The Three Most Common Causes of Brain Injuries

On Behalf of | Feb 5, 2021 | Injuries, Premises Liability, Truck Accidents

Mostly because of a better understanding of these wounds, hospital admissions due to brain injuries have increased over 50 percent since 2006. However, significant diagnosis and treatment problems remain.

Post Traumatic Stress Disorder is a good example. Many doctors still think PTSD is a processing disorder. In fact, it is a chemical imbalance in the brain triggered by extreme stress. Other doctors are unwilling to embrace new PTSD treatments, such as MDMA (ecstasy). 

Because of these complexities, a Lexington personal injury attorney can often obtain substantial compensation in these cases. This compensation usually includes money for economic losses, such as medical bills. These bills often exceed $100,000 in these situations. These victims are also entitled to noneconomic damages, for things like pain and suffering.

Brain injuries are permanent. Once these cells die, they never regenerate. However, a combination of surgery and therapy can reduce the symptoms to the point that these victims can live mostly normal lives.

Car Wrecks

Vehicle collisions are the leading cause of head injuries in the United States. High-speed car crashes could cause a head injury in one of three ways.

  • Trauma: Many car wreck victims hit their heads on dashboards, steering wheels, and other solid objects. Restraint systems, like air bags, can only absorb part of the force in a high-speed wreck. Excessive speed also transforms small objects, like cell phones, into high-speed missiles.
  • Motion: The force in a car wreck causes the brain to slam against the insides of the skulls. Since they are invisible to the eye and also hard to detect on diagnostic test results. So, motion-related head injuries are especially hard to diagnose.
  • Noise: Sudden loud noises, like explosions, trigger shockwaves which disrupt brain functions. Many car crash witnesses say these events sounded a lot like explosions. Shockwave injuries are even harder to diagnose than motion-related injuries.

There are other diagnosis problems as well. For example, some doctors assign initial symptoms, like disorientation, to shock from the accident.

Driver error causes over 90 percent of car crashes. These errors are often the basis of an ordinary negligence or a negligence per se claim. Ordinary negligence is essentially a lack of care. Negligence per se is the violation of a safety law.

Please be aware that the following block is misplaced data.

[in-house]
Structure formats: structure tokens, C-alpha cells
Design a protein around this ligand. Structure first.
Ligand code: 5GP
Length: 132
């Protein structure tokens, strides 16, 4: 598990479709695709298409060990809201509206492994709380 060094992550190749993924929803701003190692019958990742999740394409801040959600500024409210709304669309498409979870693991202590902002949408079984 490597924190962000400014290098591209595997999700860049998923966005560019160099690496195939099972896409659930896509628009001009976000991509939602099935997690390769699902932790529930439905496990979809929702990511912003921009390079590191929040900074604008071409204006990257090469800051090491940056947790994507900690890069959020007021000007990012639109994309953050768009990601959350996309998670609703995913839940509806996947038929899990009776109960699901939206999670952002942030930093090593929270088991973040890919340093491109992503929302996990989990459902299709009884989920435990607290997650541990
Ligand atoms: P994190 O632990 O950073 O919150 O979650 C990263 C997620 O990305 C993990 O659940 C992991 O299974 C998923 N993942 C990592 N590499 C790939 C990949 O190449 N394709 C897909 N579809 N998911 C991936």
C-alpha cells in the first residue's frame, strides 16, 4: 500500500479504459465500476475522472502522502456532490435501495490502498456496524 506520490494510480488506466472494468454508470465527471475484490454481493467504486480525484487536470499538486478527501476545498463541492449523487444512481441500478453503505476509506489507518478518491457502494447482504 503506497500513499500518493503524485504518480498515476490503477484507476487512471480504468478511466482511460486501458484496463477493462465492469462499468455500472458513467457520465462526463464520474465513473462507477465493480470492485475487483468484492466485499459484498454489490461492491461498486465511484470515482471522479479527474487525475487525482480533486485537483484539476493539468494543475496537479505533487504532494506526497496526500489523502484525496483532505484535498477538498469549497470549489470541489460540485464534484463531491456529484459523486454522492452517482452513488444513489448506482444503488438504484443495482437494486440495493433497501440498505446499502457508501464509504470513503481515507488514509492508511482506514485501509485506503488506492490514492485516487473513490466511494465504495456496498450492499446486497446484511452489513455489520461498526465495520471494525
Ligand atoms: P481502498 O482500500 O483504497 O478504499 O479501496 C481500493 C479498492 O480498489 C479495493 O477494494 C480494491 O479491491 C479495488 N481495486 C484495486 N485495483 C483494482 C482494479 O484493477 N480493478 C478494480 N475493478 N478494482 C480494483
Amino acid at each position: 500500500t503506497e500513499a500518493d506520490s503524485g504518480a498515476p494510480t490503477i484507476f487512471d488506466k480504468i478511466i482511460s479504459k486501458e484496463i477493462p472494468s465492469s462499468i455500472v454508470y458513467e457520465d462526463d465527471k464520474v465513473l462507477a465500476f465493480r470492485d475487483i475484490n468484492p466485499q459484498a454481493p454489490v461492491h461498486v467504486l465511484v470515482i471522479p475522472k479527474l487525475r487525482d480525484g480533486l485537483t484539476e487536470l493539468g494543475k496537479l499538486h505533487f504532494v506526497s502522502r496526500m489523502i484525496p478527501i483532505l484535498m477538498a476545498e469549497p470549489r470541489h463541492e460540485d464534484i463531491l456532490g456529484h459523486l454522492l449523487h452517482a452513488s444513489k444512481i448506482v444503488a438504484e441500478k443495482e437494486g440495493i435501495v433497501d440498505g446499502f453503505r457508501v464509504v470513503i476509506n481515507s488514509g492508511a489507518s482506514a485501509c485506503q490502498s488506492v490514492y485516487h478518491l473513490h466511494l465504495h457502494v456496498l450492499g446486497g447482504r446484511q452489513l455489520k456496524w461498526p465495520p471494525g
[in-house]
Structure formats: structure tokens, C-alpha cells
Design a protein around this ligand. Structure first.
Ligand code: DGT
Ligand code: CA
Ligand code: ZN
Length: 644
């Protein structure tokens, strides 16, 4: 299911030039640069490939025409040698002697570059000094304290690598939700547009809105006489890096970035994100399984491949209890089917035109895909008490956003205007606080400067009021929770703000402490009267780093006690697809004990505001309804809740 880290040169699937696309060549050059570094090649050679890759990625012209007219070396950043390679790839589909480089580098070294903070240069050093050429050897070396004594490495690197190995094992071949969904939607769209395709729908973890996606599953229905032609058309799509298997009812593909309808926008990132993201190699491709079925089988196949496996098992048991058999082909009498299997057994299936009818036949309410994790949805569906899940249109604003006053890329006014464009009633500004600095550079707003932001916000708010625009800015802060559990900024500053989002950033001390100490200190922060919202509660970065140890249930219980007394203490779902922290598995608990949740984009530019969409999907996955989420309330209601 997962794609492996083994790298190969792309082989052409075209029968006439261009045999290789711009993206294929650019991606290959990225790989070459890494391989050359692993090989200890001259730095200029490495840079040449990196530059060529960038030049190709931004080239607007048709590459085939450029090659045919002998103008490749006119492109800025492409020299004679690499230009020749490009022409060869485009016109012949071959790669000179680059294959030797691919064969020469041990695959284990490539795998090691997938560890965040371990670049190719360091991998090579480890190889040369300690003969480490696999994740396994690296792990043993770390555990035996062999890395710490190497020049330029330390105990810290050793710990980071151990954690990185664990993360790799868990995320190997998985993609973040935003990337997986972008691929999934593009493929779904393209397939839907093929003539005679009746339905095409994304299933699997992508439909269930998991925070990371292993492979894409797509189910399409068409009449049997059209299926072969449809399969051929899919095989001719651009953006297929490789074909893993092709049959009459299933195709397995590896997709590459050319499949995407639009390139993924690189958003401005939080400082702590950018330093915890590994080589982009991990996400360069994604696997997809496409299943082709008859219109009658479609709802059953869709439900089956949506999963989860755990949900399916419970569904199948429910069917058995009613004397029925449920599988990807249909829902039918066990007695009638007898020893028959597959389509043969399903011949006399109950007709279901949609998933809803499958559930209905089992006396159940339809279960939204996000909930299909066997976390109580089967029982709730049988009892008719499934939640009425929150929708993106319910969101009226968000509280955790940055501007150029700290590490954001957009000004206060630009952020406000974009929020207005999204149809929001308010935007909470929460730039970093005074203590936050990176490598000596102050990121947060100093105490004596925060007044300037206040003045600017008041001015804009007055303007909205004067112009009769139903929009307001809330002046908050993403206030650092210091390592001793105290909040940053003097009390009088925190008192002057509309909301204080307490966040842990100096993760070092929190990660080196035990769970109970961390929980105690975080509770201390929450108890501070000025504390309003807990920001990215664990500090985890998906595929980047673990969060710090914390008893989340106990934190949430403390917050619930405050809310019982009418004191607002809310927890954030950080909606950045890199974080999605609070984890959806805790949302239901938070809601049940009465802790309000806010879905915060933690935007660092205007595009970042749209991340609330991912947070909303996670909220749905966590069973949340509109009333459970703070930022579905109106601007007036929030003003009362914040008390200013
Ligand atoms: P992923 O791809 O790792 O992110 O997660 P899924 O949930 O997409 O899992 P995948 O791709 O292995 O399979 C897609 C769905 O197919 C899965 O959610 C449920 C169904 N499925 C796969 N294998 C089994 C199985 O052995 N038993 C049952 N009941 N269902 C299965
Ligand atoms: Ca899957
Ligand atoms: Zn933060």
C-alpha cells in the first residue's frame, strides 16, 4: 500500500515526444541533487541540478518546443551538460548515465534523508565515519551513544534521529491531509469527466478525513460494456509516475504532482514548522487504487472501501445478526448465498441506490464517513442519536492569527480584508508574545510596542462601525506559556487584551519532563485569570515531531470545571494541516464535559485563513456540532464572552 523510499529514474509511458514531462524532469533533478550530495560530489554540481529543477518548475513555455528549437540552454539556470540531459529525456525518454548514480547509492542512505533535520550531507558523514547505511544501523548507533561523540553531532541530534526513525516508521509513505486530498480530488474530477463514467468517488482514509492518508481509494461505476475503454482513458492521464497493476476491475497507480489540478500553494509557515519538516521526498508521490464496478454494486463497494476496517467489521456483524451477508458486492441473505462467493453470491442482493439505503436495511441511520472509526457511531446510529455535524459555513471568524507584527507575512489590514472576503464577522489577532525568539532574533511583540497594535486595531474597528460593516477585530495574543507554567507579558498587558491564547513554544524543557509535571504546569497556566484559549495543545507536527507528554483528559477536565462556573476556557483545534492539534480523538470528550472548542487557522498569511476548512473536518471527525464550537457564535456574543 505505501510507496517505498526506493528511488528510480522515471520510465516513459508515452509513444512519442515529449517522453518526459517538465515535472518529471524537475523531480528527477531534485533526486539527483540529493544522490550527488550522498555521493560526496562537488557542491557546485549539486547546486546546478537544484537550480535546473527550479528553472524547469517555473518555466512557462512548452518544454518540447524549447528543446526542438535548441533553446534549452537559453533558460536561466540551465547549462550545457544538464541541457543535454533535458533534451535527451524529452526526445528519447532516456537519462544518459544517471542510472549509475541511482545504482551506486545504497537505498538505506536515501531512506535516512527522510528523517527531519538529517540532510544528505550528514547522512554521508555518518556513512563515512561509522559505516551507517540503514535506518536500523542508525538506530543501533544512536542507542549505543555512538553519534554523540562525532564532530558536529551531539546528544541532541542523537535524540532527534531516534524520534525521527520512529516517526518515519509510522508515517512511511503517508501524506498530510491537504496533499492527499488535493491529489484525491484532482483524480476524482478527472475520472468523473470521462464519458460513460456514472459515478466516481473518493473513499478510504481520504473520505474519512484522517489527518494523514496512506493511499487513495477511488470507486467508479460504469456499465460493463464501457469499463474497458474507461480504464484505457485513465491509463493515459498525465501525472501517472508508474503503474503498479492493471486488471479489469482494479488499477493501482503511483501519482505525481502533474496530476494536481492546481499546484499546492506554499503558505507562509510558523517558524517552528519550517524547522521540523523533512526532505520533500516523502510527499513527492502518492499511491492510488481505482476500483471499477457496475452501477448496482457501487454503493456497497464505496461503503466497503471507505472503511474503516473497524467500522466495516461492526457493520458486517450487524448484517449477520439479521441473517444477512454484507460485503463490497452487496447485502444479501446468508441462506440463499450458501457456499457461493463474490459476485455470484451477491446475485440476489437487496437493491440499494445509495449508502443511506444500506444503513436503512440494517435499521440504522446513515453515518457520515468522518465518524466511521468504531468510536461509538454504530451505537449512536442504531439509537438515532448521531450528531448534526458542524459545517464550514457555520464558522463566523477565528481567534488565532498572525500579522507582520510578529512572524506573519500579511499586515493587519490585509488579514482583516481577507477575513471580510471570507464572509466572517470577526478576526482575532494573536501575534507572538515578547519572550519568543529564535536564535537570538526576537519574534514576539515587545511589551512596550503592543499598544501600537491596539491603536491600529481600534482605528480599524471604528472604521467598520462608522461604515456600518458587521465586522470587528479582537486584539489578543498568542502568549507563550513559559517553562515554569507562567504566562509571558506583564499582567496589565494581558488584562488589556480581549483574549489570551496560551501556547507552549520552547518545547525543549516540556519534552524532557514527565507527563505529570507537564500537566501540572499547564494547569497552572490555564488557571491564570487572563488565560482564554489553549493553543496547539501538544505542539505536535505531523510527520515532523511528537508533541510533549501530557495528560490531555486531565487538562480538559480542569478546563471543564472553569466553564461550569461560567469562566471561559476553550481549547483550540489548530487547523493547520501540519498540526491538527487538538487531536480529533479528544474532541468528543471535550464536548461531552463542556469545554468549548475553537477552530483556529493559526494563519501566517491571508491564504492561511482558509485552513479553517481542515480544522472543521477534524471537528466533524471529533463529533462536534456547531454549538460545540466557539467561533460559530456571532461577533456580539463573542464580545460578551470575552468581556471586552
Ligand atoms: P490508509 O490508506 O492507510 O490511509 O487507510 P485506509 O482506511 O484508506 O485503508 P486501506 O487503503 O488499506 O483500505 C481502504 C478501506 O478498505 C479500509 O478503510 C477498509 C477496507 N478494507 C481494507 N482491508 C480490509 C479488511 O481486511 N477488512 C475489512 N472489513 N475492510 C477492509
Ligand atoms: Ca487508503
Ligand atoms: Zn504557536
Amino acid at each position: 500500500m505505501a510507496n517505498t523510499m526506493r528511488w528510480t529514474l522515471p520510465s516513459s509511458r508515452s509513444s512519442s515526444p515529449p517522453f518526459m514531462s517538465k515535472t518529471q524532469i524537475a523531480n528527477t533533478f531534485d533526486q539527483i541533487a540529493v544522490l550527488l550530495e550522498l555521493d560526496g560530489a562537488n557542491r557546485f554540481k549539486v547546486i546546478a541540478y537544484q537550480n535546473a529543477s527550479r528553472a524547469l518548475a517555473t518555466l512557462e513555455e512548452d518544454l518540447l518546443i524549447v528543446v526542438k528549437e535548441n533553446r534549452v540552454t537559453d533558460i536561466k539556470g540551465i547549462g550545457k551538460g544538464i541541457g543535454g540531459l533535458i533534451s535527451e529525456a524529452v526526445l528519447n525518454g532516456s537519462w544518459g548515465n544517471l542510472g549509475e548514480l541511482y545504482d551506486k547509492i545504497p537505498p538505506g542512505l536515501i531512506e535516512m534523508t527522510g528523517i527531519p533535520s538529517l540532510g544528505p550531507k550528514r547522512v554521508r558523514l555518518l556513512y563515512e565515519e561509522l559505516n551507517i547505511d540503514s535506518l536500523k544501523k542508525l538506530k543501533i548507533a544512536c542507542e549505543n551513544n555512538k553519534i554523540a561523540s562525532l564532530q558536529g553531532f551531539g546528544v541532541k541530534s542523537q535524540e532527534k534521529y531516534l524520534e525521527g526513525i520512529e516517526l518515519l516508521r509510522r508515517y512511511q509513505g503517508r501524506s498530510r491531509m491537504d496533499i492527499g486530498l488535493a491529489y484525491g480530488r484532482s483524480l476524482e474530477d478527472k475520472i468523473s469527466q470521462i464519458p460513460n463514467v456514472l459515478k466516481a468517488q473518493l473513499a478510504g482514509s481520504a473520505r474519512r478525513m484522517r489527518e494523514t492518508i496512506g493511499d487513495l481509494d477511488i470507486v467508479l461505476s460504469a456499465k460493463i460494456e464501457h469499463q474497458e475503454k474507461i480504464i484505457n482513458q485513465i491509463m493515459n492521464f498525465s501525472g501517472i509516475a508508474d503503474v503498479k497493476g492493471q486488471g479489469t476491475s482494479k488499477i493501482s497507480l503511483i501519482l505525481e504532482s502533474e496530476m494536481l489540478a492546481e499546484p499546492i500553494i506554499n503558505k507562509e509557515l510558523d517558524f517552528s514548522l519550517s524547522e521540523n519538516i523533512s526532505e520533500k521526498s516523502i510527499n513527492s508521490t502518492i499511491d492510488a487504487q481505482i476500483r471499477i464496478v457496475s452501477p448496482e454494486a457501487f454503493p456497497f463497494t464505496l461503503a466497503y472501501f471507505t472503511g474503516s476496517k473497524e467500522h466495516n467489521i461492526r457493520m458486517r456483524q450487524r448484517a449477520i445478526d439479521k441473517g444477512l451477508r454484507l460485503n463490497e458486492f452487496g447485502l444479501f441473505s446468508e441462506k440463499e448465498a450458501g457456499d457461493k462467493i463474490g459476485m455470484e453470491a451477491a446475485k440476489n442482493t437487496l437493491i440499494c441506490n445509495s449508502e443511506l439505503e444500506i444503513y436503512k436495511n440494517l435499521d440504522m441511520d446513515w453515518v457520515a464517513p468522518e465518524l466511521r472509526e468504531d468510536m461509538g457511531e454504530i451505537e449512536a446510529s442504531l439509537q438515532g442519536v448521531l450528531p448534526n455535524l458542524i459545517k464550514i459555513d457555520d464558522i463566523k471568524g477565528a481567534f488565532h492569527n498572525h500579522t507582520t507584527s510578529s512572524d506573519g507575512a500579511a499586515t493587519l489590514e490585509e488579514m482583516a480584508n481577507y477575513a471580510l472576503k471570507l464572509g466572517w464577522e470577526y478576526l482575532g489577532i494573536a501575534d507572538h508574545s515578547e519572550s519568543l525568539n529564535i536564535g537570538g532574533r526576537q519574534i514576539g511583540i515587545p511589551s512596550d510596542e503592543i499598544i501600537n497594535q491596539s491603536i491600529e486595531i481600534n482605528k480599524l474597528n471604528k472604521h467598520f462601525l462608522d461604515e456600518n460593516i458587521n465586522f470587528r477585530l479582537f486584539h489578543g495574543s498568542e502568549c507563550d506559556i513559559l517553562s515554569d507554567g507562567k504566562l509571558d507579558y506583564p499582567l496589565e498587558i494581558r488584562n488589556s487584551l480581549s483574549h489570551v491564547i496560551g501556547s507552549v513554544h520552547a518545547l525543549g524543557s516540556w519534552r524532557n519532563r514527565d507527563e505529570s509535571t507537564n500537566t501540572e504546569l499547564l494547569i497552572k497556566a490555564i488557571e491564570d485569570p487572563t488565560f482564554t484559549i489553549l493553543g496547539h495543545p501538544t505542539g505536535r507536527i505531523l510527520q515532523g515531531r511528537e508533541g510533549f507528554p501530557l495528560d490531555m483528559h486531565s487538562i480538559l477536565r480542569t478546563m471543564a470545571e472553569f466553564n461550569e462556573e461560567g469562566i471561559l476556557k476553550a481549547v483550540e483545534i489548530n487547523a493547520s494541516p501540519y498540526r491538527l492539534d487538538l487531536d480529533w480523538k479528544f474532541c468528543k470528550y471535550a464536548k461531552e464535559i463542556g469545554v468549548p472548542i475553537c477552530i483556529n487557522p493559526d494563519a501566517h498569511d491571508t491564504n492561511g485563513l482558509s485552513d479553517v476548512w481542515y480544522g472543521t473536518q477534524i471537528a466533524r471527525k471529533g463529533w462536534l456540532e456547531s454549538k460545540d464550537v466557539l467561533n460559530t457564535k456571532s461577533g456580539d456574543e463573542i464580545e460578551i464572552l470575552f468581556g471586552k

Slip-and-fall injuries also cause a number of head injuries. That’s especially true if the fall victim was a young child or older adult. Children’s brains are still developing, and many older people have pre-existing health conditions.

A fall obviously does not sound like an explosion. But when these victims fall and hit their heads, they are completely unprotected. Therefore, although falls do not cause as many brain injuries as car wrecks, the injuries which do happen are usually much worse.

These injuries are also difficult to diagnose. Many fall victims do not experience signature symptoms, like unconsciousness and vomiting. As a result, they do not get the treatment they need until their injuries become more advanced and more difficult to treat.

Property owners are legally responsible for damages in most of these cases. Liability attaches if the property owner had a legal duty and knew, or should have known, about the hazard which caused the fall.

Most fall victims are invitees. These individuals have permission to be on the property and benefit the owner by their presence. Property owners have a duty of reasonable care in these situations. Other fall victims are licensees or trespassers. Property owners have a lesser duty of care in these cases.

Direct evidence of actual knowledge includes things like restroom cleaning reports. Circumstantial evidence of constructive knowledge (should have known) usually involves the time-notice rule. Think of a banana peel on the floor. If the peel is black, it had probably been on the floor for some time, and an employee should have picked it up. The opposite is true if the peel was fresh and yellow.


Property owners are also legally responsible for many third-party assaults, if negligent security caused the assault. Examples of negligent security include:

  • Burned-out security lights,
  • Missing or non-working cameras,
  • Unsecure gates or fences,
  • Lack of live security, if it is needed, and
  • Dark walkways or parking lots.

Foreseeability is often an issue in these claims. Evidence of foreseeability includes the neighborhood’s reputation as a high crime area, the type of business on the property, and prior similar incidents in the area.

As for the injuries themselves, assaults usually cause both fall-related injuries and penetration brain injuries, such as a knife blade.

Brain injury victims are usually entitled to compensation. For a free consultation with an experienced personal injury lawyer in Lexington, contact the Goode Law Office, PLLC. You have a limited amount of time to act.